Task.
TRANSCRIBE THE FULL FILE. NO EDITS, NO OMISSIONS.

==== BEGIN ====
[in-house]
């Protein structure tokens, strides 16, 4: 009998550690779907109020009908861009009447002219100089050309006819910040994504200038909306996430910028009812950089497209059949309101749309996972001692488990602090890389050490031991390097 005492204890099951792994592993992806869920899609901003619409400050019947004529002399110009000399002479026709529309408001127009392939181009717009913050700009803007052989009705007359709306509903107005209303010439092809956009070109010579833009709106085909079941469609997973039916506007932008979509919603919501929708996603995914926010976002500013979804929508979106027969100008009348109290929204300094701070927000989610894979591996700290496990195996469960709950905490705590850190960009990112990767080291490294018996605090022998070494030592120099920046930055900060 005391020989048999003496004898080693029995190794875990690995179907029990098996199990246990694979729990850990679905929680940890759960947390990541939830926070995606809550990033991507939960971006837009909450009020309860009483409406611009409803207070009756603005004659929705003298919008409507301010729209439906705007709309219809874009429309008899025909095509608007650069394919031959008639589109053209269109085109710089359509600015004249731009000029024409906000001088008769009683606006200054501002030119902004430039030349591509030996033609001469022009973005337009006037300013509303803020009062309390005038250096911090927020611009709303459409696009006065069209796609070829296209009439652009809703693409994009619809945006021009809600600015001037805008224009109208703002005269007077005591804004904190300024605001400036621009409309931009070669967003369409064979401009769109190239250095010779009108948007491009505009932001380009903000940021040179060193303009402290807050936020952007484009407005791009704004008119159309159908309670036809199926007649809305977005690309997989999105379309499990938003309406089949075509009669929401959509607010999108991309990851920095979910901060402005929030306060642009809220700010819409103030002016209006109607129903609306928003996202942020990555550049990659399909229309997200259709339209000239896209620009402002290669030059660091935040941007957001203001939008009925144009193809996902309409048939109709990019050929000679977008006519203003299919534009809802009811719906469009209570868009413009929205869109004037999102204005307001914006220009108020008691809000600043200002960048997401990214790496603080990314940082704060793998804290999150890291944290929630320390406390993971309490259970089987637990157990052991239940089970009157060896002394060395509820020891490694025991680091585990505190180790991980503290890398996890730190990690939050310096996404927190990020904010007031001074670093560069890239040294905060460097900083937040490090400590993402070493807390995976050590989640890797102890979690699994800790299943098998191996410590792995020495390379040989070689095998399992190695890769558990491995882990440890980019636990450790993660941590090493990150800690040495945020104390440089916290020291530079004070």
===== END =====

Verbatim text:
[in-house]
């Protein structure tokens, strides 16, 4: 009998550690779907109020009908861009009447002219100089050309006819910040994504200038909306996430910028009812950089497209059949309101749309996972001692488990602090890389050490031991390097 005492204890099951792994592993992806869920899609901003619409400050019947004529002399110009000399002479026709529309408001127009392939181009717009913050700009803007052989009705007359709306509903107005209303010439092809956009070109010579833009709106085909079941469609997973039916506007932008979509919603919501929708996603995914926010976002500013979804929508979106027969100008009348109290929204300094701070927000989610894979591996700290496990195996469960709950905490705590850190960009990112990767080291490294018996605090022998070494030592120099920046930055900060 005391020989048999003496004898080693029995190794875990690995179907029990098996199990246990694979729990850990679905929680940890759960947390990541939830926070995606809550990033991507939960971006837009909450009020309860009483409406611009409803207070009756603005004659929705003298919008409507301010729209439906705007709309219809874009429309008899025909095509608007650069394919031959008639589109053209269109085109710089359509600015004249731009000029024409906000001088008769009683606006200054501002030119902004430039030349591509030996033609001469022009973005337009006037300013509303803020009062309390005038250096911090927020611009709303459409696009006065069209796609070829296209009439652009809703693409994009619809945006021009809600600015001037805008224009109208703002005269007077005591804004904190300024605001400036621009409309931009070669967003369409064979401009769109190239250095010779009108948007491009505009932001380009903000940021040179060193303009402290807050936020952007484009407005791009704004008119159309159908309670036809199926007649809305977005690309997989999105379309499990938003309406089949075509009669929401959509607010999108991309990851920095979910901060402005929030306060642009809220700010819409103030002016209006109607129903609306928003996202942020990555550049990659399909229309997200259709339209000239896209620009402002290669030059660091935040941007957001203001939008009925144009193809996902309409048939109709990019050929000679977008006519203003299919534009809802009811719906469009209570868009413009929205869109004037999102204005307001914006220009108020008691809000600043200002960048997401990214790496603080990314940082704060793998804290999150890291944290929630320390406390993971309490259970089987637990157990052991239940089970009157060896002394060395509820020891490694025991680091585990505190180790991980503290890398996890730190990690939050310096996404927190990020904010007031001074670093560069890239040294905060460097900083937040490090400590993402070493807390995976050590989640890797102890979690699994800790299943098998191996410590792995020495390379040989070689095998399992190695890769558990491995882990440890980019636990450790993660941590090493990150800690040495945020104390440089916290020291530079004070």